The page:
Supportive Care in Cancer

, Volume 19, Issue 1, pp 141–147 | Cite as

Retrospective trial of complete decongestive physical therapy for lower extremity secondary lymphedema in melanoma patients

Original Article

Abstract

Background

Melanoma is a malignant tumour of melanocytes, which are found predominantly in skin, and at least 10–45% of patients develop secondary lymphedema (SL).

Purpose

This study seeks to investigate if individual’s lymphatic system can benefit from complete decongestive physical therapy (CDPT) 1 year after discharge from CDPT and consequently endorsing a better quality of life.

Methods

Male and female(n = 12) melanoma survivors 1–4 years post diagnosis with unilateral SL. Questionnaire and limb measurements were used to asses retrospective outcomes.

Results

A significant improvements (p < 0.05) has been in the categories of localisation, staging, disability and symptoms of SL.

Conclusions

CDPT provides relief in signs and symptoms for patients with SL following groyne dissection.

Keywords

Lymphedema Melanoma Physical therapy 

References

  1. 1.
    Kroon BB, Nieweg OE (2000) Management of malignant melanoma. Ann Chir Gynaecol 89(3):242–250PubMedGoogle Scholar
  2. 2.
    Rekha A, Ravi A, Venu N, Shivanraj A (2005) Malignant melanoma and filariasis: a coexistence or an association? Int J Low Extrem Wounds 4(1):60–64CrossRefPubMedGoogle Scholar
  3. 3.
    Karakousis CP, Driscoll DL (1999) Treatment and local control of primary extremity soft tissue sarcomas. J Surg Oncol 71(3):155–161CrossRefPubMedGoogle Scholar
  4. 4.
    Brouns E, Donceel P, Stas M (2008) Quality of life and disability after ilio-inguinal lymphadenectomy. Acta Chir Belg 108(6):685–690PubMedGoogle Scholar
  5. 5.
    Campisi C, Boccardo F, Alitta P, Tacchella M (1995) Derivative lymphatic microsurgery: indications, techniques, and results. Microsurgery 16(7):463–468CrossRefPubMedGoogle Scholar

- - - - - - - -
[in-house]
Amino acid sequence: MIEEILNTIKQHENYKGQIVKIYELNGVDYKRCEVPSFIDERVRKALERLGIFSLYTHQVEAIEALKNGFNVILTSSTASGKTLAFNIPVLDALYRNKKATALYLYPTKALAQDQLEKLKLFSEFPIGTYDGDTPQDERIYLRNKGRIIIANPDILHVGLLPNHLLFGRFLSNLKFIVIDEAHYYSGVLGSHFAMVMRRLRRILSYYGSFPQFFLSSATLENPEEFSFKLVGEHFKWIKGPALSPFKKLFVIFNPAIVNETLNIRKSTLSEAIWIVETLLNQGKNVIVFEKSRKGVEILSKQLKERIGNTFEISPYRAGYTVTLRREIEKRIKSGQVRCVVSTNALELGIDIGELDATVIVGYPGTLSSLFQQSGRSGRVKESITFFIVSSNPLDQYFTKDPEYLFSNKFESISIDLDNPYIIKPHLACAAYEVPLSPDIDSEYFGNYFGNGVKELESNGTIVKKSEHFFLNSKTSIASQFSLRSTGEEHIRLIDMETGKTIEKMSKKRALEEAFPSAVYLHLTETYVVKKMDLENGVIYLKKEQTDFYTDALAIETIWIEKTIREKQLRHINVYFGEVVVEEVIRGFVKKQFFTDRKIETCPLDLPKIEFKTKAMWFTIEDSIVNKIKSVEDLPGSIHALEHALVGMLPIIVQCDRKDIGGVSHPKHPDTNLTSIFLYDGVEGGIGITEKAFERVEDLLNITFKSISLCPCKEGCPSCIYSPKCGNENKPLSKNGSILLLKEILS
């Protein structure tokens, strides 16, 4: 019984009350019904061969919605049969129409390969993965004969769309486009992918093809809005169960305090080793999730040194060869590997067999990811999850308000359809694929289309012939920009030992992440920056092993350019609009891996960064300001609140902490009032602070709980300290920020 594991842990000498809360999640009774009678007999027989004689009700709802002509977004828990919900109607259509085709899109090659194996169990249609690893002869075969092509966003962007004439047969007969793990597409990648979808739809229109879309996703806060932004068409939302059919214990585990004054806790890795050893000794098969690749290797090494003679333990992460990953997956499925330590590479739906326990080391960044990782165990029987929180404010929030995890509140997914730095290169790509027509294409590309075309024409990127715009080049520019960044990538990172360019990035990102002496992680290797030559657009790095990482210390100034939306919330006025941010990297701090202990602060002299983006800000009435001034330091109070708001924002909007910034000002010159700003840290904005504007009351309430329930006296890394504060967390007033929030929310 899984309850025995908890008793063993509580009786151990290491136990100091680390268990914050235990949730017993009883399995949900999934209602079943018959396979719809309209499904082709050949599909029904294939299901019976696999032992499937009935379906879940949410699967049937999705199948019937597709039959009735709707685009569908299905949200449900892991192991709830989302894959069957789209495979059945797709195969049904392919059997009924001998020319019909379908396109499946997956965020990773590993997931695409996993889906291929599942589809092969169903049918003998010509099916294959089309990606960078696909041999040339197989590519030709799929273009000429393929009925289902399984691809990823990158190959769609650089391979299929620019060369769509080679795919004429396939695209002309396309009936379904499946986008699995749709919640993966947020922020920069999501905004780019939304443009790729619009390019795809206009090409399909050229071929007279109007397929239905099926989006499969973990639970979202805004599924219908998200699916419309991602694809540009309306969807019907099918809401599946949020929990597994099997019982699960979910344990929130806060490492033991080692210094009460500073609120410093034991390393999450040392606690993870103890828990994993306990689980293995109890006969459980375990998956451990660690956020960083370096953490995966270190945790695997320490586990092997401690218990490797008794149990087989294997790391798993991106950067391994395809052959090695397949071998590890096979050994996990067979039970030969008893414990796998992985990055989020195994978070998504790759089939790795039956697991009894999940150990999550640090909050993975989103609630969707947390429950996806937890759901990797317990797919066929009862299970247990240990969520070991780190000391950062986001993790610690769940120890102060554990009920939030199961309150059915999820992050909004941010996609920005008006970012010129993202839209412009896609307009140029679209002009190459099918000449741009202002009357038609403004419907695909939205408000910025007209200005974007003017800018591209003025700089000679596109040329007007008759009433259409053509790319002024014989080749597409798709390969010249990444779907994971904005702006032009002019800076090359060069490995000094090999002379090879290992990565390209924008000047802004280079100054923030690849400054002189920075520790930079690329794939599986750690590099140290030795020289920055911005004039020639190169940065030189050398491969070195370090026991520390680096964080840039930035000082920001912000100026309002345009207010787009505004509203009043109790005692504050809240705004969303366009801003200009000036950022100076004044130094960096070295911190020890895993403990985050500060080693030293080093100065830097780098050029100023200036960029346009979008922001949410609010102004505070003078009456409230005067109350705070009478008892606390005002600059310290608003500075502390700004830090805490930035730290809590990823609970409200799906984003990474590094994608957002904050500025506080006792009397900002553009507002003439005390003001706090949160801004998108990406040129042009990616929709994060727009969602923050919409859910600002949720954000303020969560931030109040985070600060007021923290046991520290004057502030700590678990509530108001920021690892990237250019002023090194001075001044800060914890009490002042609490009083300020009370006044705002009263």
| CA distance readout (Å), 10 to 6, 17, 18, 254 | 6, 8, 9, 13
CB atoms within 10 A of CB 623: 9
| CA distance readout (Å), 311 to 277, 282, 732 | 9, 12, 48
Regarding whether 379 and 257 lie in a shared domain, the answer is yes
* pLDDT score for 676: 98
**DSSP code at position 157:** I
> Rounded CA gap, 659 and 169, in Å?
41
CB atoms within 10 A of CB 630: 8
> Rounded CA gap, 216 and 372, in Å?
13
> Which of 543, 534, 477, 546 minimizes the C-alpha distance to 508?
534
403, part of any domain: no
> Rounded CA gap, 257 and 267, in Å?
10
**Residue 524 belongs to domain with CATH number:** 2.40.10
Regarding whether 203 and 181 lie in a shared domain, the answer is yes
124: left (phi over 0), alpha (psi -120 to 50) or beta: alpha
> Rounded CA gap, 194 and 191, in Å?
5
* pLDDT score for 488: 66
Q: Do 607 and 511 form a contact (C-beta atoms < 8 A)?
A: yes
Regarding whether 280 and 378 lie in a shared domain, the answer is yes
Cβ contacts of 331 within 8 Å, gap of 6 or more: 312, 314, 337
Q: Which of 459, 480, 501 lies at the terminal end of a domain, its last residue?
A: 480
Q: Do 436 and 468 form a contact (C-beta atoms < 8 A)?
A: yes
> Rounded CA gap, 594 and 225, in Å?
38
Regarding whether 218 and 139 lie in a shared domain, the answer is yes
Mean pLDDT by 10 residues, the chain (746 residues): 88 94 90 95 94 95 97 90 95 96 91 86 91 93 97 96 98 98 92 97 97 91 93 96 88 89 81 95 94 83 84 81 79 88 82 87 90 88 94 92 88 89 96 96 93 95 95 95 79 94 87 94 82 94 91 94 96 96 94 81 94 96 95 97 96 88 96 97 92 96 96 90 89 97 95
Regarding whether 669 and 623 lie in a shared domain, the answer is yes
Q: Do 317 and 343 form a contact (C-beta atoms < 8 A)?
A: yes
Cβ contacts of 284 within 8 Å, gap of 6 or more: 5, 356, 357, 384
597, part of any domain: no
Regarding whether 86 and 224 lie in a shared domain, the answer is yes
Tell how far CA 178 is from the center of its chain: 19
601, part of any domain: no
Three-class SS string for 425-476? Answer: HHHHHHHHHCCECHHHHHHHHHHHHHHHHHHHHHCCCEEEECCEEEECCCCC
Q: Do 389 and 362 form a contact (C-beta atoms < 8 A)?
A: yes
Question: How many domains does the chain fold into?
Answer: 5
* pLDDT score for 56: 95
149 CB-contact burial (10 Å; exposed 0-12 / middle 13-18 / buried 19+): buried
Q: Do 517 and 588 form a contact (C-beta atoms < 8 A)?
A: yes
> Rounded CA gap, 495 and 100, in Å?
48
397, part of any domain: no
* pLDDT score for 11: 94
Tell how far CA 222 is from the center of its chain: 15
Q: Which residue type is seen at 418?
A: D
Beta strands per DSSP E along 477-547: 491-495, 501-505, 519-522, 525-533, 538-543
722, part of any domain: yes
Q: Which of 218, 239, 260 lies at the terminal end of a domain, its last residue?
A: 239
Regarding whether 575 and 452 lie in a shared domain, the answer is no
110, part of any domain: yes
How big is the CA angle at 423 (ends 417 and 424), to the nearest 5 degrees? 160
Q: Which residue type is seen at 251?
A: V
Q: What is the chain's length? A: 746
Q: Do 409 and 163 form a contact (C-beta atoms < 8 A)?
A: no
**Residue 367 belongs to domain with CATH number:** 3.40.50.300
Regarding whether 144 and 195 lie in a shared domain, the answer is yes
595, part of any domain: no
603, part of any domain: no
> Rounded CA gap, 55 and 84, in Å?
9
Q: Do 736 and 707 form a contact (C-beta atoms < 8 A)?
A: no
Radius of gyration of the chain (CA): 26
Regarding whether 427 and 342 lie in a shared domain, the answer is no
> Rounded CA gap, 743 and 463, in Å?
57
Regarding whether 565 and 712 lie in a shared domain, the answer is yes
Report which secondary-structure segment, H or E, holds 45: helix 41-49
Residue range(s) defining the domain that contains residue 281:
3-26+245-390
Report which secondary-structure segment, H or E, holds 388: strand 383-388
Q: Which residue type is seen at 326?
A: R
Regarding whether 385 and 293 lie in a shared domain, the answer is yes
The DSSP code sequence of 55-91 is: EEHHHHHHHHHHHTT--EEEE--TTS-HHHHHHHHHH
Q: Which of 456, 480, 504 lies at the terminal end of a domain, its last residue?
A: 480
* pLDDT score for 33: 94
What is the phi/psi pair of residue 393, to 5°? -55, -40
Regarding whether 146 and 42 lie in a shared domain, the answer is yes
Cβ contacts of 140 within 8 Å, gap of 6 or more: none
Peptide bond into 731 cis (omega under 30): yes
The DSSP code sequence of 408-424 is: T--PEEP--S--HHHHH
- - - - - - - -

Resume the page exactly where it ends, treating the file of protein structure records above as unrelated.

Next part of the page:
6. 6.
    Casley-Smith JR (1992) A model of the factors affecting interstitial volume in oedema. Part I: hierarchies, some new factors and their equations. Biorheology 29(5–6):535–548PubMedGoogle Scholar
  7. 7.
    Bowsher WG, Taylor BA, Hughes LE (1986) Morbidity, mortality and local recurrence following regional node dissection for melanoma. Br J Surg 73(11):906–908CrossRefPubMedGoogle Scholar
  8. 8.
    Gerber LH (1998) A review of measures of lymphedema. Cancer 83:2803–2804CrossRefPubMedGoogle Scholar
  9. 9.
    Adamsen L, Midtgaard J, Rorth M, Borregaard N, Andersen C, Quist M, Møller T, Zacho M, Madsen JK, Knutsen L (2003) Feasibility, physical capacity, and health benefits of a multidimensional exercise program for cancer patients undergoing chemotherapy. Support Care Cancer 11(11):707–716CrossRefPubMedGoogle Scholar
  10. 10.
    Drake D, Falzer P, Xistris D, Robinson G, Roberge M (2004) Physical fitness training: outcomes for adult oncology patients. Clin Nurs Res 13(3):245–264CrossRefPubMedGoogle Scholar
  11. 11.
    Schwartz AL, Mori M, Gao R, Nail LM, King ME (2001) Exercise reduces daily fatigue in women with breast cancer receiving chemotherapy. Med Sci Sports Exerc 33(5):718–723CrossRefPubMedGoogle Scholar
  12. 12.
    Foldi E, Földi M, Clodius L (1989) The lymphedema chaos: a lancet. Ann Plast Surg 22(6):505–515CrossRefPubMedGoogle Scholar
  13. 13.
    Ko DS, Lerner R, Klose G, Cosimi AB (1998) Effective treatment of lymphedema of the extremities. Arch Surg 133(4):452–458CrossRefPubMedGoogle Scholar
  14. 14.
    Shamley DR, Barker K, Simonite V, Beardshaw A (2005) Delayed versus immediate exercises following surgery for breast cancer: a systematic review. Breast Cancer Res Treat 90(3):263–271CrossRefPubMedGoogle Scholar
  15. 15.
    Jones LW, Courneya KS, Fairey AS, Mackey JR (2004) Effects of an oncologist's recommendation to exercise on self-reported exercise behavior in newly diagnosed breast cancer survivors: a single-blind, randomized controlled trial. Ann Behav Med 28(2):105–113CrossRefPubMedGoogle Scholar